How to clean inside of windscreen: A guide
How to clean inside of windscreen: A guide
The inside of car windscreens and windows can get dirty for all kinds of reasons. Whether it’s the kids’ fingerprints or the dog’s nose. You might have even wiped the glass with your sleeve to get rid of condensation on a cold morning. Whatever the reason, a smeared or hazy windscreen can be hard to see through and can make driving unsafe. It’s also not the nicest to look at.
Luckily, there are plenty of things you can do to get your windscreen sparkling again.
If you’re wondering about safety when it comes to windscreens, you can check out our blog ‘Can you drive with a cracked windscreen?’
How to clean the inside of a windscreen
Most of the dirt that gets on the inside of a windscreen tends to be some combination of oil and dust. This makes cleaning the inside of your windscreen mostly a two-step process: getting rid of the dust, and wiping away the oil. Alcohol-based cleaners are the best for shifting oil and grease, and clean cloths will help to get rid of the dust without adding more dirt.
Below we’ve listed everything you need to get started, and a fool-proof method for cleaning the inside of your windscreen.
What you’ll need
- 3 clean microfiber cloths (try to get ‘lint-free’ cloths to avoid leaving behind little bits of cloth on the windscreen)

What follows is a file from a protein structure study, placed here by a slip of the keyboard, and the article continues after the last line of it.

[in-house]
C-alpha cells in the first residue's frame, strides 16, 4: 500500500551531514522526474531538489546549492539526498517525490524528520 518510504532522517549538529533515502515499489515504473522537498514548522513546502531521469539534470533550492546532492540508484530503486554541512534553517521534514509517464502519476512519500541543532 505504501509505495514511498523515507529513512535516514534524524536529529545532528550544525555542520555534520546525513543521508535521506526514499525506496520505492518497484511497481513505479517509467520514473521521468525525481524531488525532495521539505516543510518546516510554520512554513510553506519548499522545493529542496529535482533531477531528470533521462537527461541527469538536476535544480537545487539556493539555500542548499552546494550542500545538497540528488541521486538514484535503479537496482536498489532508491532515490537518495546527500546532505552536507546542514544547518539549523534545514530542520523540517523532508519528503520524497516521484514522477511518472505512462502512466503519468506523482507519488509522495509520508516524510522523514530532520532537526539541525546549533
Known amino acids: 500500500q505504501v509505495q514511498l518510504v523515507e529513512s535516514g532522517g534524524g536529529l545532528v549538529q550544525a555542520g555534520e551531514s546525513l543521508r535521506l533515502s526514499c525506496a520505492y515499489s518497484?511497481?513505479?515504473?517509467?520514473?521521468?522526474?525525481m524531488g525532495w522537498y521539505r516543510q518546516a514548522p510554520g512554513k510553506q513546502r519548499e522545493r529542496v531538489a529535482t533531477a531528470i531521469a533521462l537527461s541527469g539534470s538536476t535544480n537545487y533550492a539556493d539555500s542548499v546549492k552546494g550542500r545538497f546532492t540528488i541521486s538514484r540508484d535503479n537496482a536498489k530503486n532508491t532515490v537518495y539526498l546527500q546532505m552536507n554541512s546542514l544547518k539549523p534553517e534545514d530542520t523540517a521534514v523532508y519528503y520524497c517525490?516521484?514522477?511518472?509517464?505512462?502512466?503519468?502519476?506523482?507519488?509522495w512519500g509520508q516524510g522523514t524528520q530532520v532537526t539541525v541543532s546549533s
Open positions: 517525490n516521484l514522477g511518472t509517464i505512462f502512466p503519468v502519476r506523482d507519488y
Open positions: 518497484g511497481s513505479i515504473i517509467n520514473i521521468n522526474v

- An empty spray bottle
- An alcohol-based glass cleaner
- White vinegar
- Rubbing alcohol (this might be called surgical spirit in the shop, but you should be able to get it from most ironmongers or hardware shops)
- Washing up liquid
- Warm water
Making your own cleaner
Before you get started on the cleaning, you can use your ingredients to make a window cleaner that works best for you. You’re basically looking for a combination of alcohol, water and vinegar, with a dash of washing up liquid in some cases. The alcohol will help you shift oil and grease, vinegar is great for getting rid of smells (and dissolving salt if you spend a lot of time by the seaside), and washing up liquid can help get rid of visible dirt.
If you’re considering paying someone to clean your car, you can check out our blog ‘How much does car detailing cost?’
If you would rather just stick with a shop-bought cleaner then that’s great too, but if you’re feeling thrifty here are a few different mixes you can make up in your spray bottle:
- 50% alcohol, 50% water, and a few drops of vinegar (good to really shift that grease for a deep clean)
- 70% water, 15% window cleaner, 15% alcohol (good for a regular all-rounder)
- 100% water, a few drops of washing up liquid, and a few drops of vinegar (good for regular touch-ups)
You can play around with a few different options to find the perfect solution that works for you.
Cleaning the inside of your windscreen
Once you’ve got your perfect mix, you’re ready to start cleaning the inside of your windscreen. You’ll be best off sitting in the passenger’s seat to clean, so you don’t keep bumping into the steering wheel, then follow the method below:
- Use your first microfiber cloth to completely wipe down the inside of the windscreen without any cleaner. This’ll help to get rid of the top layer of dirt and dust and leave just the grime that’s a bit harder to shift.